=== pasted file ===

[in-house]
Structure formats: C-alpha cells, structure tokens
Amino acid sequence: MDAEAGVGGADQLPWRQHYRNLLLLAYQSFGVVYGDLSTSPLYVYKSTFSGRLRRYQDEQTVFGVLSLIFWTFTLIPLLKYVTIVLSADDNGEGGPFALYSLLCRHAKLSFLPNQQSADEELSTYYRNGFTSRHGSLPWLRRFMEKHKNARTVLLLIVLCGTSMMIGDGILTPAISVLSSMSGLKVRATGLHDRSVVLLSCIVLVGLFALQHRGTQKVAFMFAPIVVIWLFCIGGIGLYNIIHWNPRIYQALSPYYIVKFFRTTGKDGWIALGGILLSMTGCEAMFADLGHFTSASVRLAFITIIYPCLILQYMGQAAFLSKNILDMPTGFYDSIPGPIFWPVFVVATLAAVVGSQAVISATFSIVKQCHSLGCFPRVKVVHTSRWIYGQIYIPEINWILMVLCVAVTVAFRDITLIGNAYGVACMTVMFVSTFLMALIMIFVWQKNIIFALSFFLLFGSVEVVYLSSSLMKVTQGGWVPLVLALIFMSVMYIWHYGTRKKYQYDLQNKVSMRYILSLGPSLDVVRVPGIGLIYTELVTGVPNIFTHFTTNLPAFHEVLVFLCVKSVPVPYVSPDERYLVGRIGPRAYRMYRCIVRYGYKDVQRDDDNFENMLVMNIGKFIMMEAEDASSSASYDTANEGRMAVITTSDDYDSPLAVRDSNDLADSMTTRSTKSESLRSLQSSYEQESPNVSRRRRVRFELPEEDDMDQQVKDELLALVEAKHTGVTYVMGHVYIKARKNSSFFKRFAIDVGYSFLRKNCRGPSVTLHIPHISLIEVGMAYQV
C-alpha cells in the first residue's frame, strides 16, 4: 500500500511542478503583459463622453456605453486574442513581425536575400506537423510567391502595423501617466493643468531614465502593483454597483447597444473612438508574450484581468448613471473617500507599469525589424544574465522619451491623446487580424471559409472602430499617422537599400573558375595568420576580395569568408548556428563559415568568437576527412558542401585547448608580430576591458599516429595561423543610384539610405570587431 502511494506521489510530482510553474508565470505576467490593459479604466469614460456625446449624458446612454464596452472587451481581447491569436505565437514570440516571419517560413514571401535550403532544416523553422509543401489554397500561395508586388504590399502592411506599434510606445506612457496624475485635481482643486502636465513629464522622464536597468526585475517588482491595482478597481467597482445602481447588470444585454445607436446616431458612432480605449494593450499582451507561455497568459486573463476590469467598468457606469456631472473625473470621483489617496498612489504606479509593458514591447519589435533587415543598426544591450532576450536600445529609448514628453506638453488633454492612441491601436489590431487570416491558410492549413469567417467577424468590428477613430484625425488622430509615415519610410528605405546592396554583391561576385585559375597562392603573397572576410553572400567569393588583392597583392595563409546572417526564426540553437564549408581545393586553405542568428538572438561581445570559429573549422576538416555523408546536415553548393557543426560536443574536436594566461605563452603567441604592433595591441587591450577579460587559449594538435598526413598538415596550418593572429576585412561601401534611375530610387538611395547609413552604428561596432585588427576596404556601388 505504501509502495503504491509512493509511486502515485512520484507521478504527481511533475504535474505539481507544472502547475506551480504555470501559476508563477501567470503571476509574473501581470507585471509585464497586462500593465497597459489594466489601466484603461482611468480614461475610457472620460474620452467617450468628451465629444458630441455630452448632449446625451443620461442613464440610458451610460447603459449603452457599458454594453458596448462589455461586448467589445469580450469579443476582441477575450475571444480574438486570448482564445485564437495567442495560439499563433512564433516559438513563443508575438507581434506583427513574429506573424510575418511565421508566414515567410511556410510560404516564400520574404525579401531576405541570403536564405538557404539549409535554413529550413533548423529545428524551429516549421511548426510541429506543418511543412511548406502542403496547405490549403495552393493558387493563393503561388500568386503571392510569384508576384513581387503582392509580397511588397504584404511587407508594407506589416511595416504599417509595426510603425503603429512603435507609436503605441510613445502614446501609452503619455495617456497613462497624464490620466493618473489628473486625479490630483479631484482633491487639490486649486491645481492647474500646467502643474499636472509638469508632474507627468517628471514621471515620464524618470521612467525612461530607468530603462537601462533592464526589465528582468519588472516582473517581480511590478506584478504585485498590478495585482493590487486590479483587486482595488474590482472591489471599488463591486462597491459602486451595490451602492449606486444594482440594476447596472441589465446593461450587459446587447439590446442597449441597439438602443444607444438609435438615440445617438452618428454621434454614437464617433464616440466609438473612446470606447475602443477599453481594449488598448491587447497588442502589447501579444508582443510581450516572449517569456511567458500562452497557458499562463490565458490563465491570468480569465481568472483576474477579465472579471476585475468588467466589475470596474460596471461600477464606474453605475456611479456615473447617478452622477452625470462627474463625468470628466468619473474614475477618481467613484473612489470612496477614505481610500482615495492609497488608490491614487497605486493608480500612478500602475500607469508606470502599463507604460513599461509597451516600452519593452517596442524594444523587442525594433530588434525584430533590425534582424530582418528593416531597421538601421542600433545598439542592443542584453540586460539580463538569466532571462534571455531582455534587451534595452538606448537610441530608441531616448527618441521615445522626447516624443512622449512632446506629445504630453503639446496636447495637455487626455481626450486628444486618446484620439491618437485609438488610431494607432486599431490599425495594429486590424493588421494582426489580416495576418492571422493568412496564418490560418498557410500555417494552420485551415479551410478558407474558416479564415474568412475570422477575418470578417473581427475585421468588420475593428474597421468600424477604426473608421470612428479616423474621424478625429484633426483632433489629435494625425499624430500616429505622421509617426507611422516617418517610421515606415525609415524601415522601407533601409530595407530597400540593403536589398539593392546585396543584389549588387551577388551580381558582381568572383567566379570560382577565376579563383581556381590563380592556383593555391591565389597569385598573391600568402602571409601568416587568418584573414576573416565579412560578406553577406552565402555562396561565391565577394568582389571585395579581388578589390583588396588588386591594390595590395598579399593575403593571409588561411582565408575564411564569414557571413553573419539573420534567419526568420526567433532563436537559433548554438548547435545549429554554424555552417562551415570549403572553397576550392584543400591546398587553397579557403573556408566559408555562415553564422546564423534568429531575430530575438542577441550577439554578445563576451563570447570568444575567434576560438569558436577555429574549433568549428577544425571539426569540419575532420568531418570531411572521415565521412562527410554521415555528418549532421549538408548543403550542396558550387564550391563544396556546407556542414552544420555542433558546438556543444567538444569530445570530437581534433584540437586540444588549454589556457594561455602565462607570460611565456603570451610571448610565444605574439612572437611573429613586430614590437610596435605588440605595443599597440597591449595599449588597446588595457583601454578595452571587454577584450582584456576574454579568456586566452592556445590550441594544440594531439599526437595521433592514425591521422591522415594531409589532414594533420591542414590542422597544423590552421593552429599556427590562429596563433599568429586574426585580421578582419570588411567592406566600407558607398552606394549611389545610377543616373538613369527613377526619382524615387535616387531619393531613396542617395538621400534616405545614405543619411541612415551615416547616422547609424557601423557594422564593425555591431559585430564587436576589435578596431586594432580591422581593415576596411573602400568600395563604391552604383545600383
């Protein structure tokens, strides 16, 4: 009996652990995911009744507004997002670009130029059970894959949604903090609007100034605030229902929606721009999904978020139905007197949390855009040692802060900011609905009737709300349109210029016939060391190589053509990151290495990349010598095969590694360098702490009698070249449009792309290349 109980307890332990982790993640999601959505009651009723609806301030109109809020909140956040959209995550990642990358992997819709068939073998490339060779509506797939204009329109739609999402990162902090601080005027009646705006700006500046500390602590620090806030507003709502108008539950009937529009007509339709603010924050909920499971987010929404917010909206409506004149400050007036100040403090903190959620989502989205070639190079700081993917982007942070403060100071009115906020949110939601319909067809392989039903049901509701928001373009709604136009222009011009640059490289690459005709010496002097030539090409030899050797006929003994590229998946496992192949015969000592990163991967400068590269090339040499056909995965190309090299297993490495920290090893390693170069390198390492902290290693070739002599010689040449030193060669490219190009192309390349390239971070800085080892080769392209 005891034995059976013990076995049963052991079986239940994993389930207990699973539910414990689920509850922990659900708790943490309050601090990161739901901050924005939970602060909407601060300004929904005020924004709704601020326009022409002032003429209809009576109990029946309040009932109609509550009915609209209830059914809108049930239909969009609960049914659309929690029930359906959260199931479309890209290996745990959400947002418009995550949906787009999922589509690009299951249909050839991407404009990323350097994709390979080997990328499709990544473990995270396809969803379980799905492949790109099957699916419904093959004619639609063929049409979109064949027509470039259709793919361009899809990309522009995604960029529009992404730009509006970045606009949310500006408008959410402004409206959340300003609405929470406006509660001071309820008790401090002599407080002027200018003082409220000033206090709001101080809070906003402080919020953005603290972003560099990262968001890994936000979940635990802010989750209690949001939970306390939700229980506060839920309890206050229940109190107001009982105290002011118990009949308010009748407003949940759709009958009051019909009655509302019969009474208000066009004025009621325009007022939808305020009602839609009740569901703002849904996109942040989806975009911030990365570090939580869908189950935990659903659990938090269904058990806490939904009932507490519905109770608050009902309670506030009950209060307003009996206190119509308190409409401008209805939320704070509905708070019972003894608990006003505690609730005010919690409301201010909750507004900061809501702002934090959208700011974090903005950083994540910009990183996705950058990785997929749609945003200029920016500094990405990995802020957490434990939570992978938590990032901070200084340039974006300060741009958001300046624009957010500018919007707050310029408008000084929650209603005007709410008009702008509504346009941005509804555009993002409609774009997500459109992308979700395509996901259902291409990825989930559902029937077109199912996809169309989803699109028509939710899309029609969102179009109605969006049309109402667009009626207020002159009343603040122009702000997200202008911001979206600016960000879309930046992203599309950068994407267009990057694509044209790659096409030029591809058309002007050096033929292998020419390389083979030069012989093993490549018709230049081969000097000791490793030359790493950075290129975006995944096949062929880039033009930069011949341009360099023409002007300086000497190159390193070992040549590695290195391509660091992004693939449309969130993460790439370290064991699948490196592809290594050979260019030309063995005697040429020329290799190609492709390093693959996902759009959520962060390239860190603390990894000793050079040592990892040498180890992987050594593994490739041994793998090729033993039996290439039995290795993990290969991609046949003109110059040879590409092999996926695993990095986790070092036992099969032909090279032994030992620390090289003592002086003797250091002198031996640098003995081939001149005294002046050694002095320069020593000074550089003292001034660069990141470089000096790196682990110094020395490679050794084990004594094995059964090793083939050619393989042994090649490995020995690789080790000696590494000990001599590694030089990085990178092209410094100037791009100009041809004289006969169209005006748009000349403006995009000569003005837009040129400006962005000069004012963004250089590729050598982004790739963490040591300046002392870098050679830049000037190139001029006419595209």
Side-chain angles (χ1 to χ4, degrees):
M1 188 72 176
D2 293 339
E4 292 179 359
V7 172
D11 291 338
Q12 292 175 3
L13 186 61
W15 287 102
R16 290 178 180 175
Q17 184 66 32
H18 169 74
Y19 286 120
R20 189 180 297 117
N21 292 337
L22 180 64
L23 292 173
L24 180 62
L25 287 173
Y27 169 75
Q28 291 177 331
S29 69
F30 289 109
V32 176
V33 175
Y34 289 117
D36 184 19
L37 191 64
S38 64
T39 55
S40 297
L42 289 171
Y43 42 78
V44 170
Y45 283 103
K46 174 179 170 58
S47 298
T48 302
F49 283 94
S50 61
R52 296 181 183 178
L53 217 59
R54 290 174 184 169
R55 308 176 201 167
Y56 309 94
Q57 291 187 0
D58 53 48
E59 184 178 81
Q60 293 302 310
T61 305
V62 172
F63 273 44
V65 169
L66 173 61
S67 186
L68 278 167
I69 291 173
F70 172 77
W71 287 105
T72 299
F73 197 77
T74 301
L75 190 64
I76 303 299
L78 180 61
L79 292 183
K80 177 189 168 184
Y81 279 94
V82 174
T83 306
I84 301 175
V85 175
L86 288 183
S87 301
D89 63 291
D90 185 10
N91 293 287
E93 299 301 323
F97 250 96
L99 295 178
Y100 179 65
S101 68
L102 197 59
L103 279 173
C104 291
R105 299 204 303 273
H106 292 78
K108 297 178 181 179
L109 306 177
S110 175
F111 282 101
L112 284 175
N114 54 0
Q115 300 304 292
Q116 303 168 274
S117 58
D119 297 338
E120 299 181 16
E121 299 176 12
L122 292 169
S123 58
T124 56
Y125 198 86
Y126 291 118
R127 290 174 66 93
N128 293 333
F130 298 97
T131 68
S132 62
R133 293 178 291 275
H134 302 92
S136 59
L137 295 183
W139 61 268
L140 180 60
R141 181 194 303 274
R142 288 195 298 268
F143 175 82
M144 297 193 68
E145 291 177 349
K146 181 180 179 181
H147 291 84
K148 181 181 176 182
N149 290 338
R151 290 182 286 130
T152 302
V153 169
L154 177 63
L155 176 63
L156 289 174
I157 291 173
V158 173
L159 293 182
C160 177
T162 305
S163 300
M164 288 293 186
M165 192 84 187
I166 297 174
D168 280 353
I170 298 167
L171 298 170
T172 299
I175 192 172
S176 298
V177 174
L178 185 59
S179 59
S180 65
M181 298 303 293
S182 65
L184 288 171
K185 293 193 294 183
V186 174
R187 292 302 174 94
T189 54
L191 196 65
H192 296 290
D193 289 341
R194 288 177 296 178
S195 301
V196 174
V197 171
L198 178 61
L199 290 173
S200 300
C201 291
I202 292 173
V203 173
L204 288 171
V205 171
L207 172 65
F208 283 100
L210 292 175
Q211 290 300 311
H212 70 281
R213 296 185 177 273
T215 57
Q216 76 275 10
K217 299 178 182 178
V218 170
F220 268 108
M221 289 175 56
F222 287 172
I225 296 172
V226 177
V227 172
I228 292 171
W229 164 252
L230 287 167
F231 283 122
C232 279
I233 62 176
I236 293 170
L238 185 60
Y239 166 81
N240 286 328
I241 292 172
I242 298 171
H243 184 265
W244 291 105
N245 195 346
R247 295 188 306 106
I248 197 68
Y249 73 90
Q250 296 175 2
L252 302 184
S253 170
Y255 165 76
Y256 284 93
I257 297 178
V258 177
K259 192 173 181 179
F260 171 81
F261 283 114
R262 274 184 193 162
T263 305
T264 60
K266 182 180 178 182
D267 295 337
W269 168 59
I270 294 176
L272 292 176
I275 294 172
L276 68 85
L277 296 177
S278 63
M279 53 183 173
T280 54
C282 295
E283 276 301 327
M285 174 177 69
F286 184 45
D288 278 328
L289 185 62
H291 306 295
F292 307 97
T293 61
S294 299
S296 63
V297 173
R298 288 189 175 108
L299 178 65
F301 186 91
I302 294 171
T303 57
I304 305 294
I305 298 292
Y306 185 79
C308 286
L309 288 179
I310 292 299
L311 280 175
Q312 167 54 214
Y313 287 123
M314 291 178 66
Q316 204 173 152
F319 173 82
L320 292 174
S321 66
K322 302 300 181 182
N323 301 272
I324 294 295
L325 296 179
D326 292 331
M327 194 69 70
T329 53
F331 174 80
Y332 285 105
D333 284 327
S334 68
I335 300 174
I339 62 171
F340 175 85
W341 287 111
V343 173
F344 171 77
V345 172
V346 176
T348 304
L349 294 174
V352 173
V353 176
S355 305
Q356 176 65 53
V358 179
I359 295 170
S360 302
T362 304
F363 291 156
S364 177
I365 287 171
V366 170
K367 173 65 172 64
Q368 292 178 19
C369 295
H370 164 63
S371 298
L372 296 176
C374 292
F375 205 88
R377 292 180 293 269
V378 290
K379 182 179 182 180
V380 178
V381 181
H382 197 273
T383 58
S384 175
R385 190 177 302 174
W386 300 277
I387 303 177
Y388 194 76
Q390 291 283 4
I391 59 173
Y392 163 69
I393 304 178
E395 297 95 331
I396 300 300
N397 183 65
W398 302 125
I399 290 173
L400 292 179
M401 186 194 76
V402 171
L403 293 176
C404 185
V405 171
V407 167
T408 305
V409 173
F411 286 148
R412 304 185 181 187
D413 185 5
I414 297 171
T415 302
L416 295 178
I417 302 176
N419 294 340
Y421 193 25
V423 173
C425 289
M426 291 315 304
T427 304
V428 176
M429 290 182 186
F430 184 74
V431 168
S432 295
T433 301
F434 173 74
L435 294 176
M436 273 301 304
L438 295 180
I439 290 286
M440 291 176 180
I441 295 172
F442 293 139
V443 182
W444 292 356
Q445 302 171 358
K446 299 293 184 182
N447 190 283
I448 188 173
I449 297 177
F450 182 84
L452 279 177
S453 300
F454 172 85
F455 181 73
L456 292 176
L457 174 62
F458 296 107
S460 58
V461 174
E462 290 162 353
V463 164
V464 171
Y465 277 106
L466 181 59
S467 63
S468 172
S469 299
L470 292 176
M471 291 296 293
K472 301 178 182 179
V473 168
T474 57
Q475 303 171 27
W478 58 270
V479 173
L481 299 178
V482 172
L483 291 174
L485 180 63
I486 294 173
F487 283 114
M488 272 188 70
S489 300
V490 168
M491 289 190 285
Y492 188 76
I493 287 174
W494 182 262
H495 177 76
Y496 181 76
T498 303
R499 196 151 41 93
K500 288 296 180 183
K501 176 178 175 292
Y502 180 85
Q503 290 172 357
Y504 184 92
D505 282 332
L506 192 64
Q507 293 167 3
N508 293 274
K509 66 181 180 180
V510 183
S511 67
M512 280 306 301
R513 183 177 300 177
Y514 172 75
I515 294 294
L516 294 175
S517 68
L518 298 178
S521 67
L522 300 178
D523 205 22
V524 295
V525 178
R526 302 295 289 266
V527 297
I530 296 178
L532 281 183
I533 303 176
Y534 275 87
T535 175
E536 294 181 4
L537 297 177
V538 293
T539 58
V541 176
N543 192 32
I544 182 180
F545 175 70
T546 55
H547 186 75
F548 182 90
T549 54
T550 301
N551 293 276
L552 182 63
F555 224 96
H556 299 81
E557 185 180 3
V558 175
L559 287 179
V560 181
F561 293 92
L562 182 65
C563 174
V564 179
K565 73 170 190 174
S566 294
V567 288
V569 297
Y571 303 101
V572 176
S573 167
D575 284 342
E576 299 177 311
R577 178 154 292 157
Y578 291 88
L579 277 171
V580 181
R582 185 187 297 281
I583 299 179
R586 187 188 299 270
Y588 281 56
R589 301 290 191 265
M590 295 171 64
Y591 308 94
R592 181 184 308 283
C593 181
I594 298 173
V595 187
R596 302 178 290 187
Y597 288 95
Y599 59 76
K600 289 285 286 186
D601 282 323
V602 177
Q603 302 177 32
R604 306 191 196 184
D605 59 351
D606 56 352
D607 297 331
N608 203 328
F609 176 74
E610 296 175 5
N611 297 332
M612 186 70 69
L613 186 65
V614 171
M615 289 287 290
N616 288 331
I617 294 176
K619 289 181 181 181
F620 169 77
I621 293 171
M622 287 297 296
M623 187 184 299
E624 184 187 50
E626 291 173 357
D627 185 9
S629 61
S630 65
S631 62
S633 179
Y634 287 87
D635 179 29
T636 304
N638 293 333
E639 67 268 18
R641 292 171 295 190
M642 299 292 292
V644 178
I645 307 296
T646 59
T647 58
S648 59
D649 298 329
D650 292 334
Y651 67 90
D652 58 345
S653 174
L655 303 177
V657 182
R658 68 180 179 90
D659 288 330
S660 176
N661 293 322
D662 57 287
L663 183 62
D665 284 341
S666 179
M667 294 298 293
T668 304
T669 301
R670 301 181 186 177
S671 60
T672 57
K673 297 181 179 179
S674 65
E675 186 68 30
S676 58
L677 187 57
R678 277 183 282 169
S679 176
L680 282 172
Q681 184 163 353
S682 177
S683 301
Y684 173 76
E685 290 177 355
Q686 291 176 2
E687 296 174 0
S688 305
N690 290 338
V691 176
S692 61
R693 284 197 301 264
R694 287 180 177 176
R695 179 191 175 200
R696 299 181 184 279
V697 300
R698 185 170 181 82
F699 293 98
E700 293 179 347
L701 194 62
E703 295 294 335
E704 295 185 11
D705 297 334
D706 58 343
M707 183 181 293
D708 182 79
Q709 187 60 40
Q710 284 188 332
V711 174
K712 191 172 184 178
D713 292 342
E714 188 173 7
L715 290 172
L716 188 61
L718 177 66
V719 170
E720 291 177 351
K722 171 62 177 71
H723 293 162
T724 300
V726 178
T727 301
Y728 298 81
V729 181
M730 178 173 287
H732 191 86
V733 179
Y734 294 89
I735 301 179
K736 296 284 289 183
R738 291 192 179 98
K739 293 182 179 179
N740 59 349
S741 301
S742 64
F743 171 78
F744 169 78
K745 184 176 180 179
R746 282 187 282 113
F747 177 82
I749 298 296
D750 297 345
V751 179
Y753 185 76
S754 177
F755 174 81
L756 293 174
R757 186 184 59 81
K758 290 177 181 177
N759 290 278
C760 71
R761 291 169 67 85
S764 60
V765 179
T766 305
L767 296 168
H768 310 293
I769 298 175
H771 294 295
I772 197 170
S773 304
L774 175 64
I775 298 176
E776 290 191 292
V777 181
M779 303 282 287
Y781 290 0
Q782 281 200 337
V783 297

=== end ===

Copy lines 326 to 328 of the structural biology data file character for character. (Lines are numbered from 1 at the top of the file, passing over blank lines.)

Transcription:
W398 302 125
I399 290 173
L400 292 179